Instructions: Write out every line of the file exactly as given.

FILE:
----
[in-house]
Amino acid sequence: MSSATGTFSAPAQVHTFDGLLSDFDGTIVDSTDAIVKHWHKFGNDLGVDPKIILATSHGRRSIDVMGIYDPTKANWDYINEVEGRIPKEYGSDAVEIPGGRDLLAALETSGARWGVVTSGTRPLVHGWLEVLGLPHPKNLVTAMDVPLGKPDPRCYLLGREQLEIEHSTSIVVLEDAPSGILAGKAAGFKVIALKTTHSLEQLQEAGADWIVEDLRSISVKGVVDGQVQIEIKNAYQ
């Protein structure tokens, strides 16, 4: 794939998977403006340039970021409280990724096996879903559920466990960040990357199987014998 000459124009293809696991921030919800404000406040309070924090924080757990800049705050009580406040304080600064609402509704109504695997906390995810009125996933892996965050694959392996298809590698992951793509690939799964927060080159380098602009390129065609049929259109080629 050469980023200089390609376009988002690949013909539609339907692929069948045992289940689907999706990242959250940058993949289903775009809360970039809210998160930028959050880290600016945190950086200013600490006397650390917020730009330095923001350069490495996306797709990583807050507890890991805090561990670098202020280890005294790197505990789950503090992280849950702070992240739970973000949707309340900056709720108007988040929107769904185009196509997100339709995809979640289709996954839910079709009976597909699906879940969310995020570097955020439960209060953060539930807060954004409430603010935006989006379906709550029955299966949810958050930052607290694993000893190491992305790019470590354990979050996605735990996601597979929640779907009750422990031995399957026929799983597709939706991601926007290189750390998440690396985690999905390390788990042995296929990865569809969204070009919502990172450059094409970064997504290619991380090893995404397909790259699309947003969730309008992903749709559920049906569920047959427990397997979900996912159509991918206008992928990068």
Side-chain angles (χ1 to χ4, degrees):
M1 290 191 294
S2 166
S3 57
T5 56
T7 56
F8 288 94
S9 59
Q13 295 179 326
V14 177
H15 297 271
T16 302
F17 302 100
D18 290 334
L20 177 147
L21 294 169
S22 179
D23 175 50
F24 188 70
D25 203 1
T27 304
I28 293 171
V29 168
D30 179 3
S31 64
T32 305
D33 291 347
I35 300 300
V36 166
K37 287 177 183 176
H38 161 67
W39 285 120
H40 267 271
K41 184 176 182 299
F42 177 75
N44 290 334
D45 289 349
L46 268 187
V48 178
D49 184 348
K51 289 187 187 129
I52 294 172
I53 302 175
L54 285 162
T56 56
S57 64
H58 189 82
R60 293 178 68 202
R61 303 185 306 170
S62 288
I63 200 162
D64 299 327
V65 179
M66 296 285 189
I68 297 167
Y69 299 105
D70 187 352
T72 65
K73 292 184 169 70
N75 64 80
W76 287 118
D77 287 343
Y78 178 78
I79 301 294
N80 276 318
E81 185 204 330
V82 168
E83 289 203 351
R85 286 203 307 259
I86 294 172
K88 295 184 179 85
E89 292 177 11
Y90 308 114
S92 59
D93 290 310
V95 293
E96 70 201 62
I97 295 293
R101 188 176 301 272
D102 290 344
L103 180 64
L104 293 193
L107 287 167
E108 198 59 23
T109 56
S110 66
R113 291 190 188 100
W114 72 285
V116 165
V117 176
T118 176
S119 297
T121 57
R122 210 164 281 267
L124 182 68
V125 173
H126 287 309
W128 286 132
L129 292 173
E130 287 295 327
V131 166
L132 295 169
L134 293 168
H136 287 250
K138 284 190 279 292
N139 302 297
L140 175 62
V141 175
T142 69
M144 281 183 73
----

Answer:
[in-house]
Amino acid sequence: MSSATGTFSAPAQVHTFDGLLSDFDGTIVDSTDAIVKHWHKFGNDLGVDPKIILATSHGRRSIDVMGIYDPTKANWDYINEVEGRIPKEYGSDAVEIPGGRDLLAALETSGARWGVVTSGTRPLVHGWLEVLGLPHPKNLVTAMDVPLGKPDPRCYLLGREQLEIEHSTSIVVLEDAPSGILAGKAAGFKVIALKTTHSLEQLQEAGADWIVEDLRSISVKGVVDGQVQIEIKNAYQ
């Protein structure tokens, strides 16, 4: 794939998977403006340039970021409280990724096996879903559920466990960040990357199987014998 000459124009293809696991921030919800404000406040309070924090924080757990800049705050009580406040304080600064609402509704109504695997906390995810009125996933892996965050694959392996298809590698992951793509690939799964927060080159380098602009390129065609049929259109080629 050469980023200089390609376009988002690949013909539609339907692929069948045992289940689907999706990242959250940058993949289903775009809360970039809210998160930028959050880290600016945190950086200013600490006397650390917020730009330095923001350069490495996306797709990583807050507890890991805090561990670098202020280890005294790197505990789950503090992280849950702070992240739970973000949707309340900056709720108007988040929107769904185009196509997100339709995809979640289709996954839910079709009976597909699906879940969310995020570097955020439960209060953060539930807060954004409430603010935006989006379906709550029955299966949810958050930052607290694993000893190491992305790019470590354990979050996605735990996601597979929640779907009750422990031995399957026929799983597709939706991601926007290189750390998440690396985690999905390390788990042995296929990865569809969204070009919502990172450059094409970064997504290619991380090893995404397909790259699309947003969730309008992903749709559920049906569920047959427990397997979900996912159509991918206008992928990068």
Side-chain angles (χ1 to χ4, degrees):
M1 290 191 294
S2 166
S3 57
T5 56
T7 56
F8 288 94
S9 59
Q13 295 179 326
V14 177
H15 297 271
T16 302
F17 302 100
D18 290 334
L20 177 147
L21 294 169
S22 179
D23 175 50
F24 188 70
D25 203 1
T27 304
I28 293 171
V29 168
D30 179 3
S31 64
T32 305
D33 291 347
I35 300 300
V36 166
K37 287 177 183 176
H38 161 67
W39 285 120
H40 267 271
K41 184 176 182 299
F42 177 75
N44 290 334
D45 289 349
L46 268 187
V48 178
D49 184 348
K51 289 187 187 129
I52 294 172
I53 302 175
L54 285 162
T56 56
S57 64
H58 189 82
R60 293 178 68 202
R61 303 185 306 170
S62 288
I63 200 162
D64 299 327
V65 179
M66 296 285 189
I68 297 167
Y69 299 105
D70 187 352
T72 65
K73 292 184 169 70
N75 64 80
W76 287 118
D77 287 343
Y78 178 78
I79 301 294
N80 276 318
E81 185 204 330
V82 168
E83 289 203 351
R85 286 203 307 259
I86 294 172
K88 295 184 179 85
E89 292 177 11
Y90 308 114
S92 59
D93 290 310
V95 293
E96 70 201 62
I97 295 293
R101 188 176 301 272
D102 290 344
L103 180 64
L104 293 193
L107 287 167
E108 198 59 23
T109 56
S110 66
R113 291 190 188 100
W114 72 285
V116 165
V117 176
T118 176
S119 297
T121 57
R122 210 164 281 267
L124 182 68
V125 173
H126 287 309
W128 286 132
L129 292 173
E130 287 295 327
V131 166
L132 295 169
L134 293 168
H136 287 250
K138 284 190 279 292
N139 302 297
L140 175 62
V141 175
T142 69
M144 281 183 73